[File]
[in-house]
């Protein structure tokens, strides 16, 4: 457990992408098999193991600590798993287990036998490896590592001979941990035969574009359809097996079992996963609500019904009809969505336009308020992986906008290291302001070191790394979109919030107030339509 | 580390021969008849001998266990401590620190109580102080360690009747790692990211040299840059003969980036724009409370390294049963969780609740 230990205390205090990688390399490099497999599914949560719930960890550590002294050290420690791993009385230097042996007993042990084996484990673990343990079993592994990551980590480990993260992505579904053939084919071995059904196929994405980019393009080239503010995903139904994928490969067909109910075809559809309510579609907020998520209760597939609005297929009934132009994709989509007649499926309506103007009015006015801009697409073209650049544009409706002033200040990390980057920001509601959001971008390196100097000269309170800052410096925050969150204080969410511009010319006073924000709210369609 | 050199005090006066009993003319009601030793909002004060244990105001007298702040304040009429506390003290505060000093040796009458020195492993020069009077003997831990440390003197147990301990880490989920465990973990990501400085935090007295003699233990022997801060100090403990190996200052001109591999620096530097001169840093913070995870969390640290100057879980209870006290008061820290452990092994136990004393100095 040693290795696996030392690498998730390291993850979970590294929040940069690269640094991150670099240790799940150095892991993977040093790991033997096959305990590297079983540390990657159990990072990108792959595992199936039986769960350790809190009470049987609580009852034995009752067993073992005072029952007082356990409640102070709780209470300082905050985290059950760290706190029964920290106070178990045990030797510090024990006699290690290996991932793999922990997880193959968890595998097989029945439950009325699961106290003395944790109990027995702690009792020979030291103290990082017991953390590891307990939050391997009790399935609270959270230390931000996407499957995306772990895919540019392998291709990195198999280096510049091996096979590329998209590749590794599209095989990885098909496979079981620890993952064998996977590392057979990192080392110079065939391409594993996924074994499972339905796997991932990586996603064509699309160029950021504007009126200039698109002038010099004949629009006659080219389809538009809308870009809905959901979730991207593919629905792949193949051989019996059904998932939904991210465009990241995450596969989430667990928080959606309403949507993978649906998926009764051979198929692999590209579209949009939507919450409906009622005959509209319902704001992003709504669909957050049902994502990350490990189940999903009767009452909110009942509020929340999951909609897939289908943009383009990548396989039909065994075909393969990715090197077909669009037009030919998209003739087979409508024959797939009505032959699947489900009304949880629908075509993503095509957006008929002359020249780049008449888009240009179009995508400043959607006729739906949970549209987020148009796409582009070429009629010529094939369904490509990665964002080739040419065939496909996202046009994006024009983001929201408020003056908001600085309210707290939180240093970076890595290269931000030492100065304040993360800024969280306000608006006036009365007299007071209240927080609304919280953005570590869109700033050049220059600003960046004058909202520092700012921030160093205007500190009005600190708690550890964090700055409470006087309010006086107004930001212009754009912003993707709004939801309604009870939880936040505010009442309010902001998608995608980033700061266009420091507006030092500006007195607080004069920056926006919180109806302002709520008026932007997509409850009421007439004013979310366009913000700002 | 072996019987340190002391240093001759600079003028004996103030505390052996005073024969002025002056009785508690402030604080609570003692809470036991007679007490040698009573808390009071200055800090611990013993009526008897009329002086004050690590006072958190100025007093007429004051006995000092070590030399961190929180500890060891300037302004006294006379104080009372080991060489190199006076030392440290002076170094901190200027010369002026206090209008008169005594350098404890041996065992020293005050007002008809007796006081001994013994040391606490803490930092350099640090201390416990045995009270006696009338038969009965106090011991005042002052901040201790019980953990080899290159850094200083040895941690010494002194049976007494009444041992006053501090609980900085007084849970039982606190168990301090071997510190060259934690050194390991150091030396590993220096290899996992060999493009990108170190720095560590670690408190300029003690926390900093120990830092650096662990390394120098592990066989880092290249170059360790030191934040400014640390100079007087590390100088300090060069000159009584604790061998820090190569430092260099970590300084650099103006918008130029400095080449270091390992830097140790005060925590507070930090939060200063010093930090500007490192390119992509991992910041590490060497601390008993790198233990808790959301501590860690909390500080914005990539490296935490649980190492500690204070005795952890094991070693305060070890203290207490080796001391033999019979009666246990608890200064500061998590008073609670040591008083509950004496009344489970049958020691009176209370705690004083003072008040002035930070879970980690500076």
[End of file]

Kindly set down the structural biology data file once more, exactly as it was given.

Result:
[in-house]
């Protein structure tokens, strides 16, 4: 457990992408098999193991600590798993287990036998490896590592001979941990035969574009359809097996079992996963609500019904009809969505336009308020992986906008290291302001070191790394979109919030107030339509 | 580390021969008849001998266990401590620190109580102080360690009747790692990211040299840059003969980036724009409370390294049963969780609740 230990205390205090990688390399490099497999599914949560719930960890550590002294050290420690791993009385230097042996007993042990084996484990673990343990079993592994990551980590480990993260992505579904053939084919071995059904196929994405980019393009080239503010995903139904994928490969067909109910075809559809309510579609907020998520209760597939609005297929009934132009994709989509007649499926309506103007009015006015801009697409073209650049544009409706002033200040990390980057920001509601959001971008390196100097000269309170800052410096925050969150204080969410511009010319006073924000709210369609 | 050199005090006066009993003319009601030793909002004060244990105001007298702040304040009429506390003290505060000093040796009458020195492993020069009077003997831990440390003197147990301990880490989920465990973990990501400085935090007295003699233990022997801060100090403990190996200052001109591999620096530097001169840093913070995870969390640290100057879980209870006290008061820290452990092994136990004393100095 040693290795696996030392690498998730390291993850979970590294929040940069690269640094991150670099240790799940150095892991993977040093790991033997096959305990590297079983540390990657159990990072990108792959595992199936039986769960350790809190009470049987609580009852034995009752067993073992005072029952007082356990409640102070709780209470300082905050985290059950760290706190029964920290106070178990045990030797510090024990006699290690290996991932793999922990997880193959968890595998097989029945439950009325699961106290003395944790109990027995702690009792020979030291103290990082017991953390590891307990939050391997009790399935609270959270230390931000996407499957995306772990895919540019392998291709990195198999280096510049091996096979590329998209590749590794599209095989990885098909496979079981620890993952064998996977590392057979990192080392110079065939391409594993996924074994499972339905796997991932990586996603064509699309160029950021504007009126200039698109002038010099004949629009006659080219389809538009809308870009809905959901979730991207593919629905792949193949051989019996059904998932939904991210465009990241995450596969989430667990928080959606309403949507993978649906998926009764051979198929692999590209579209949009939507919450409906009622005959509209319902704001992003709504669909957050049902994502990350490990189940999903009767009452909110009942509020929340999951909609897939289908943009383009990548396989039909065994075909393969990715090197077909669009037009030919998209003739087979409508024959797939009505032959699947489900009304949880629908075509993503095509957006008929002359020249780049008449888009240009179009995508400043959607006729739906949970549209987020148009796409582009070429009629010529094939369904490509990665964002080739040419065939496909996202046009994006024009983001929201408020003056908001600085309210707290939180240093970076890595290269931000030492100065304040993360800024969280306000608006006036009365007299007071209240927080609304919280953005570590869109700033050049220059600003960046004058909202520092700012921030160093205007500190009005600190708690550890964090700055409470006087309010006086107004930001212009754009912003993707709004939801309604009870939880936040505010009442309010902001998608995608980033700061266009420091507006030092500006007195607080004069920056926006919180109806302002709520008026932007997509409850009421007439004013979310366009913000700002 | 072996019987340190002391240093001759600079003028004996103030505390052996005073024969002025002056009785508690402030604080609570003692809470036991007679007490040698009573808390009071200055800090611990013993009526008897009329002086004050690590006072958190100025007093007429004051006995000092070590030399961190929180500890060891300037302004006294006379104080009372080991060489190199006076030392440290002076170094901190200027010369002026206090209008008169005594350098404890041996065992020293005050007002008809007796006081001994013994040391606490803490930092350099640090201390416990045995009270006696009338038969009965106090011991005042002052901040201790019980953990080899290159850094200083040895941690010494002194049976007494009444041992006053501090609980900085007084849970039982606190168990301090071997510190060259934690050194390991150091030396590993220096290899996992060999493009990108170190720095560590670690408190300029003690926390900093120990830092650096662990390394120098592990066989880092290249170059360790030191934040400014640390100079007087590390100088300090060069000159009584604790061998820090190569430092260099970590300084650099103006918008130029400095080449270091390992830097140790005060925590507070930090939060200063010093930090500007490192390119992509991992910041590490060497601390008993790198233990808790959301501590860690909390500080914005990539490296935490649980190492500690204070005795952890094991070693305060070890203290207490080796001391033999019979009666246990608890200064500061998590008073609670040591008083509950004496009344489970049958020691009176209370705690004083003072008040002035930070879970980690500076």